is substantial evidence that it should not be ordered." 19-A M.R.S.A. §
1653(2)(A) (Supp. 1997).
	[¶9] Both parties in the present case submitted proposed judgments
that included a provision for shared parental rights and responsibilities. 
The court, however, awarded sole parental rights and responsibilities to
Julianna.  Contrary to Timothy's contention, however, the court relied on
"substantial evidence" in making its determination.  The court specifically
found that Timothy was unstable, that he was uncooperative towards
Julianna, that he had difficulty with drinking and gambling, and that he had
been physically abusive.  The court noted expert testimony that Timothy was
overly dependent on others and would be an ineffective parent.  Based on
the evidence and its findings, the court did not abuse its discretion in
awarding sole parental rights and responsibilities to Julianna.
	[¶10] An award of alimony is controlled by the factors set forth in 19-A
M.R.S.A. § 951(1)(A-O) (Supp. 1997).  These include the length of the
marriage, the ability of each party to pay, employment history, income
history, the parties' education, retirement provisions, tax consequences,
economic misconduct, the health and disability of the parties and any other
factor the court deems appropriate.  Id.  In its judgment, the court ordered
Timothy to pay $200 monthly alimony for a period of two years and then $1
annually.  We review this award for an abuse of discretion.  See Pongonis v.
Pongonis, 606 A.2d 1055, 1058 (Me. 1992).
	[¶11] The court found that "as a result of Timothy's addiction to
gambling and drinking, there was economic misconduct on the part of
Timothy and this resulted in the consumption of considerable income
during their marriage, resulting in the diminution of marital property or
income." Furthermore, the court found that Timothy was in better financial
condition than Julianna.  Although his anticipated earnings for the tax year
were roughly equivalent to Julianna's, Timothy owned nonmarital rental
property and held a license to sell real estate.  Again, we find no abuse of
discretion.
	[¶12] A major dispute between the parties was whether the savings
account in the name of their son was marital or nonmarital property.  The
court ruled that the account was marital and ordered a division.  The
Superior Court, relying on Dubord v. Dubord, 579 A.2d 257 (Me. 1990),
ruled that the account was nonmarital because it could be traced to a
nonmarital source.  Defendant asks that we reinstate the trial court's ruling
on the basis of our recent opinion in Long v. Long, 1997 ME 171, 697 A.2d
1317, overruling Dubord.  Neither of the courts nor the parties attach any
significance to the fact that the savings account stands in the name of the
minor son.  Although the issue has not been raised, we are compelled to
consider the obvious interest of the minor son.
	[¶13]  The Maine Uniform Transfers to Minor Act provides that when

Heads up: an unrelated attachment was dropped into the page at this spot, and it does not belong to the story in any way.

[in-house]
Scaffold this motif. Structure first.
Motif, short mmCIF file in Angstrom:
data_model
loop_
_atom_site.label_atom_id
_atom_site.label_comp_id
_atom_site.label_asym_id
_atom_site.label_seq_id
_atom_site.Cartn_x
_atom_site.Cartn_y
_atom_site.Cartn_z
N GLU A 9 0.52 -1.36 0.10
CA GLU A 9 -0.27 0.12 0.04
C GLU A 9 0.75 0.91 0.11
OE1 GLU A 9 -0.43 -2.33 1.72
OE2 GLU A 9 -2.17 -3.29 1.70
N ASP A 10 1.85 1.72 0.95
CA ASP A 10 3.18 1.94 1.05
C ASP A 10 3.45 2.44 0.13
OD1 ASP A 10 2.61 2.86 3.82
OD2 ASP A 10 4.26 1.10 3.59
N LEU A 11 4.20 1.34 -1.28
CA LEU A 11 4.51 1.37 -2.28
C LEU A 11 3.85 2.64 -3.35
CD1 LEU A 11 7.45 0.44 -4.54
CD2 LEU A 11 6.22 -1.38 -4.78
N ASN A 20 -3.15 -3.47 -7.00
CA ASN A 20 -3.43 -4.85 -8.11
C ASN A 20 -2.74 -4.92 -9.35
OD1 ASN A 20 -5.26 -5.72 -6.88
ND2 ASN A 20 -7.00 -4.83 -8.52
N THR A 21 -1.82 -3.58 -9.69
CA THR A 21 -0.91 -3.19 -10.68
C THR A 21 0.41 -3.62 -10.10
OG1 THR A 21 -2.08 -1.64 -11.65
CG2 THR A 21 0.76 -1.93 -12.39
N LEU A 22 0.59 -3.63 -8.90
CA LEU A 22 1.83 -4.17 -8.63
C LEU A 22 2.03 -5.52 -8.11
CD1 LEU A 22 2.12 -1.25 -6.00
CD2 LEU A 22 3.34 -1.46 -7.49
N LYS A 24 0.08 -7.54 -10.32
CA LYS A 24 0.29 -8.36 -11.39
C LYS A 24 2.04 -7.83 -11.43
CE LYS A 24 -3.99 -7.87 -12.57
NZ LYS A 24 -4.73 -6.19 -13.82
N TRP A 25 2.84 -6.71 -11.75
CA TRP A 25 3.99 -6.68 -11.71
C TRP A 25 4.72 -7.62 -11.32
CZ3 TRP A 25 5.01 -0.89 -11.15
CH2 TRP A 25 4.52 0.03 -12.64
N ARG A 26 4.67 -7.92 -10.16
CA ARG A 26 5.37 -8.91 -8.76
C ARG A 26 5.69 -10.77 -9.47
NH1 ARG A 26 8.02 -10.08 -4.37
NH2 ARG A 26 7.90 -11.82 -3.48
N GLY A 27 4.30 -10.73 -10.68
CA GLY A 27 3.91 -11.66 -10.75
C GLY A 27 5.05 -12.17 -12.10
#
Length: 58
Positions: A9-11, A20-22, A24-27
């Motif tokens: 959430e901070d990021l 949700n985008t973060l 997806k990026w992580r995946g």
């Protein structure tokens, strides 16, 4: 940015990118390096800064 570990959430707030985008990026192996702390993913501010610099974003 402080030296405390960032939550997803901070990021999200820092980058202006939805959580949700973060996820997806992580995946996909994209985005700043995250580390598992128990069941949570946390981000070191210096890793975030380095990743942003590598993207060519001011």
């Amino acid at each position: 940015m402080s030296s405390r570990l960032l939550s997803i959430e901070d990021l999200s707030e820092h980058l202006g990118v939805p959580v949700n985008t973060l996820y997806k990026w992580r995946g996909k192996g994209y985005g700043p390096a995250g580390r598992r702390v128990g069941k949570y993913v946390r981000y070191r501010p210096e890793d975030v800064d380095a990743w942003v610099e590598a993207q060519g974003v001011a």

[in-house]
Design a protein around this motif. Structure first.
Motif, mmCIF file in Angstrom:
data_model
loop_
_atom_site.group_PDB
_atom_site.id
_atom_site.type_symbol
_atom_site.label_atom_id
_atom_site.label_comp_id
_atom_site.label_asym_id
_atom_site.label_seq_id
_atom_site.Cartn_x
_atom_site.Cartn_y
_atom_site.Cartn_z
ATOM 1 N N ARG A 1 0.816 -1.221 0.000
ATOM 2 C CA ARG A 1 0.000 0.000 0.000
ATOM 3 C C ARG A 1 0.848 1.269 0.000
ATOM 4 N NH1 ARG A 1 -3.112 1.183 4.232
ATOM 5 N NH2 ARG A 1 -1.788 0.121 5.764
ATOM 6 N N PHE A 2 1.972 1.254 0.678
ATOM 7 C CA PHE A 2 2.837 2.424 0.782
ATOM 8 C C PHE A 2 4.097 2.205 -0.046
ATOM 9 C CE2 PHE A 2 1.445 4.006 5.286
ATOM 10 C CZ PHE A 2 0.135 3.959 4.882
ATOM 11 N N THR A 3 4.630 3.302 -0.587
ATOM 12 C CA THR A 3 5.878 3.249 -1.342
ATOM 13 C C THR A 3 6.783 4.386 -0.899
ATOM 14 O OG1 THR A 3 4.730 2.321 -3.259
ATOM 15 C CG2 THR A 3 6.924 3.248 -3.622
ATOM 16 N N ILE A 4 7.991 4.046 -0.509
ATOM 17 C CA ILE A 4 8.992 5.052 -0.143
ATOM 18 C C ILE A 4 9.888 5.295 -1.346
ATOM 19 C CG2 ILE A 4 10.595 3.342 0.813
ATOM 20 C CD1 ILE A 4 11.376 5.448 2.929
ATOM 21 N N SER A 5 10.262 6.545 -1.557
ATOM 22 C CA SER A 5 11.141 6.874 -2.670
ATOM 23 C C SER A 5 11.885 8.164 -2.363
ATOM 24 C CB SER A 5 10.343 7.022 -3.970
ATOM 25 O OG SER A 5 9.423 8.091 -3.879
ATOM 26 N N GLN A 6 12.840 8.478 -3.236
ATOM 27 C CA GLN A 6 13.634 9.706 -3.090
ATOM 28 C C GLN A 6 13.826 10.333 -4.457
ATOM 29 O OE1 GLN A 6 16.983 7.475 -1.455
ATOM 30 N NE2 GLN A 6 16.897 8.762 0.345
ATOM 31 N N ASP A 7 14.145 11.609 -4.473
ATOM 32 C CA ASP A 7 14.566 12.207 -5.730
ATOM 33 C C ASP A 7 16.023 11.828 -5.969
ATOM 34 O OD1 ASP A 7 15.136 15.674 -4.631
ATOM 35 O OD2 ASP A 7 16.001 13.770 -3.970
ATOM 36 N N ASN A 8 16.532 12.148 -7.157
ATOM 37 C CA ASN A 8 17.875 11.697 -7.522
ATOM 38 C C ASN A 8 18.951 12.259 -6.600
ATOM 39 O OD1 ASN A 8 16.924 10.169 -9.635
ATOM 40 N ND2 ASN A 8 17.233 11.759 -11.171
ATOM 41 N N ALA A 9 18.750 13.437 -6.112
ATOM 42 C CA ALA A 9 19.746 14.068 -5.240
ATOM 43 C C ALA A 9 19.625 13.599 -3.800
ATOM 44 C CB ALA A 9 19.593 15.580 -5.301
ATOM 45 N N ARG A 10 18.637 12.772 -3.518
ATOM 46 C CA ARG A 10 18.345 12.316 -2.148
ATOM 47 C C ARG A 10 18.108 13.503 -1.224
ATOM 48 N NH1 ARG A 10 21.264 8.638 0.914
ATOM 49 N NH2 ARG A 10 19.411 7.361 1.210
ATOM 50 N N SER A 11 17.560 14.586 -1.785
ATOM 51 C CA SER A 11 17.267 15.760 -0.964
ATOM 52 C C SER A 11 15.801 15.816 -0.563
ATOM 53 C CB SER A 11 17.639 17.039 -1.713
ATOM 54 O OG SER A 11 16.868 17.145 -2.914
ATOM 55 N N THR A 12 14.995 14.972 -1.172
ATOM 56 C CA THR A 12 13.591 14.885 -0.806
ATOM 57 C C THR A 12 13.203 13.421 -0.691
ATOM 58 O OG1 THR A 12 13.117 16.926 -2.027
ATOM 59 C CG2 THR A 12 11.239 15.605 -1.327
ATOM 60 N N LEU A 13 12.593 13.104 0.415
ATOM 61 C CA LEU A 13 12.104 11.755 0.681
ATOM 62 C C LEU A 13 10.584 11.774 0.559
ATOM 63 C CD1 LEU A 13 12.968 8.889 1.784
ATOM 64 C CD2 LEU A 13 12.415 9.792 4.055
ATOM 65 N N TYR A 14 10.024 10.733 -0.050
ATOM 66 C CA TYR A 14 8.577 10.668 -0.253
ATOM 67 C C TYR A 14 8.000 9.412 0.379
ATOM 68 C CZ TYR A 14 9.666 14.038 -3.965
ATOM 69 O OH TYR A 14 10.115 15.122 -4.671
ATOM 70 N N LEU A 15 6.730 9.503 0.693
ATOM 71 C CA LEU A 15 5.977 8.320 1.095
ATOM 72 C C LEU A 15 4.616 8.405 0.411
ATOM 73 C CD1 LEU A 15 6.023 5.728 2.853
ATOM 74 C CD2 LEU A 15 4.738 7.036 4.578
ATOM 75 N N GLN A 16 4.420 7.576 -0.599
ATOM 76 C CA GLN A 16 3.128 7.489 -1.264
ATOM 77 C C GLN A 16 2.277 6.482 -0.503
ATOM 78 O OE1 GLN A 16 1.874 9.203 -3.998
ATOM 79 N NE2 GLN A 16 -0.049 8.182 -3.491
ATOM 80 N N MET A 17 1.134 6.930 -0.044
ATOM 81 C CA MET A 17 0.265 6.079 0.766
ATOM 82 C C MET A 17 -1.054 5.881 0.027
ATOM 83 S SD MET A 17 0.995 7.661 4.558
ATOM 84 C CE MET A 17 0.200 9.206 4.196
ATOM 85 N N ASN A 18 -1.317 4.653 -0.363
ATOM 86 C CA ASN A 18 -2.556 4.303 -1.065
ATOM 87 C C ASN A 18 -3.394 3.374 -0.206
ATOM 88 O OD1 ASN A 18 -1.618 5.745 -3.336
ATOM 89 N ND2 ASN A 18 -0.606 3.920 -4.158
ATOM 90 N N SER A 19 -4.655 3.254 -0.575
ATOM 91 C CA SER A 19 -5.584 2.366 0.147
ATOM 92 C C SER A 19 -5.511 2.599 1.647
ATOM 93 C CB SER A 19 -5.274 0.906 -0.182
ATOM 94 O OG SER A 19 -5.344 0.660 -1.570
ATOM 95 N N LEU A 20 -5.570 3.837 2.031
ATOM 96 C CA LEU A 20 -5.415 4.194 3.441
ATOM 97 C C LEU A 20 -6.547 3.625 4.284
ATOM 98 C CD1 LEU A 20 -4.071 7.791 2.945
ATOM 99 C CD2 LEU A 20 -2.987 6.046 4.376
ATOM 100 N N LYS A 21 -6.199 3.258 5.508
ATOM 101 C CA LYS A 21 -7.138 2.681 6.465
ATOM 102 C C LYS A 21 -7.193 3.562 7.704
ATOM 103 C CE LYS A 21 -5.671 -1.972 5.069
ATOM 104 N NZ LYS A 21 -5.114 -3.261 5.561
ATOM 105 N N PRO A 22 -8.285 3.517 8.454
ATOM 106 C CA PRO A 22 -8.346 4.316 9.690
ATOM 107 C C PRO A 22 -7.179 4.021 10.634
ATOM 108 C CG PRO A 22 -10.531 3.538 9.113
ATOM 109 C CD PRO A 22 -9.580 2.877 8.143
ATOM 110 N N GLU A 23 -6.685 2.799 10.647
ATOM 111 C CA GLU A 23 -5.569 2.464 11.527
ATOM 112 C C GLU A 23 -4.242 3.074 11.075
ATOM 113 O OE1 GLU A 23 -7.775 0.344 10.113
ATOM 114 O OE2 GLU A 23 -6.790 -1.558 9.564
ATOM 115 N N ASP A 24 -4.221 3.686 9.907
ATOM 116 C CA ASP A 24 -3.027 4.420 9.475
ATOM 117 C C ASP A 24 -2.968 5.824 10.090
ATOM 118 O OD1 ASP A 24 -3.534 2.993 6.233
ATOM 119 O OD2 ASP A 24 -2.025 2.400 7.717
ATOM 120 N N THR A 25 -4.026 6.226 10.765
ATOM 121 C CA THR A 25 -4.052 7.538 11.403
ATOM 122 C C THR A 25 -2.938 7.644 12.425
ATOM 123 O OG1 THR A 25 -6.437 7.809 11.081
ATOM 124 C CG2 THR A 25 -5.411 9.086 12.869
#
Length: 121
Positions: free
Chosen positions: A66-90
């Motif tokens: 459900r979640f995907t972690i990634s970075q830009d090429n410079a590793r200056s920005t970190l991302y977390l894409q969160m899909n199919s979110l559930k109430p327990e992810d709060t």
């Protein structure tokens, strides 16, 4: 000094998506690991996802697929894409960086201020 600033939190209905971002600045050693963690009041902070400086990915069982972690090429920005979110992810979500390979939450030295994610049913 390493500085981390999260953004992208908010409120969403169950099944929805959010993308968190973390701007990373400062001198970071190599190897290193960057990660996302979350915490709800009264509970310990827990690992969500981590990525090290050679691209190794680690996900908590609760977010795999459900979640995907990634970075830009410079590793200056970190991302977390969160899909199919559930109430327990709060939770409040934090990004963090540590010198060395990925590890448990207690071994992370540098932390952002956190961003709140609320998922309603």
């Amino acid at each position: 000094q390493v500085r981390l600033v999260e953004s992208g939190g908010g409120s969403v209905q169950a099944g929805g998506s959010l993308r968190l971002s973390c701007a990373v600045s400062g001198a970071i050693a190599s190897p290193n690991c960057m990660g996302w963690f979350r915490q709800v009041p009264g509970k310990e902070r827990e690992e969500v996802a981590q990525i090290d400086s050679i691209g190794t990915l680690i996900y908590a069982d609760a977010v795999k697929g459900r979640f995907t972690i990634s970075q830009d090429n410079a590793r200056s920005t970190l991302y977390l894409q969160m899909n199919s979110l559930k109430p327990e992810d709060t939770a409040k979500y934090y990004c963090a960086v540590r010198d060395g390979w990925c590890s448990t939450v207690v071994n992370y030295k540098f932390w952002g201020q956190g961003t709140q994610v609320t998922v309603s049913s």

funds are deposited in an account in the name of the transferror, followed,
in substance, by the words "as custodian for" a minor child, a custodial trust
for the benefit of the minor is created.  33 M.R.S.A. § 1660(1)(B) (Supp.
1997).  Here, the savings account contained the following designation:
"Timothy J. Williams, Jr. BY Timothy J. Williams, Sr., Cust." The transfer of
funds into such an account is irrevocable, and the custodial funds are
indefeasibly vested in the minor.  33 M.R.S.A. § 1662(2) (Supp. 1997).  As
custodian, plaintiff maintains certain rights and duties, 33 M.R.S.A. §§ 1663-
1666 (Supp. 1997), but the account could not be used for his benefit except
for reimbursement of reasonable expenses and compensation for services
performed.  33 M.R.S.A. § 1666(1) & (2) (Supp. 1997).  Neither can the
account be distributed as the marital property of the parties. Accordingly,
we vacate this provision in the court's divorce judgment and remand for
further consideration of the legal status of the account.{3}
	The entry is:
Judgment of the Superior Court vacated.  Remanded
with instructions to affirm the District Court
judgment with the exception of the provision
relating to the savings account, and to remand to the
District Court for further proceedings consistent
with the opinion herein.
                                                       

Attorney for plaintiff: Robert E. Sandy, Jr., Esq., (orally) Sherman & Sandy P O Box 499 Waterville, ME 04903-0499 Attorney for defendant: Joseph M. Jabar, Esq., (orally) Daviau, Jabar & Batten One Center Street Watervillle, ME 04901-5495
FOOTNOTES******************************** {1} The judge, serving in an active retired capacity, experienced health problems. The judge has since retired fully from the bench. {2} The court found that the $40,226 balance on deposit at the time of separation was marital property. At the time of trial, the balance in the account was approximately $20,000. The court ordered Timothy to pay Julianna $17,713 as her share of the martial account. {3} On remand, the trial court may find it necessary to appoint a guardian ad litem for the minor child. If the account is finally determined to belong to the son, the award of marital property to Julianna must inevitably be reduced by $17,713. Such a significant change would ordinarily require reconsideration of all economic issues. In this case, however, there was no other significant marital property to be divided, nor was there sufficient income to support an increased award of alimony. If, in the final analysis, Timothy is liable for unauthorized expenditures from the son's account, and defendant is denied the martial award, the parties are left substantially in equipoise.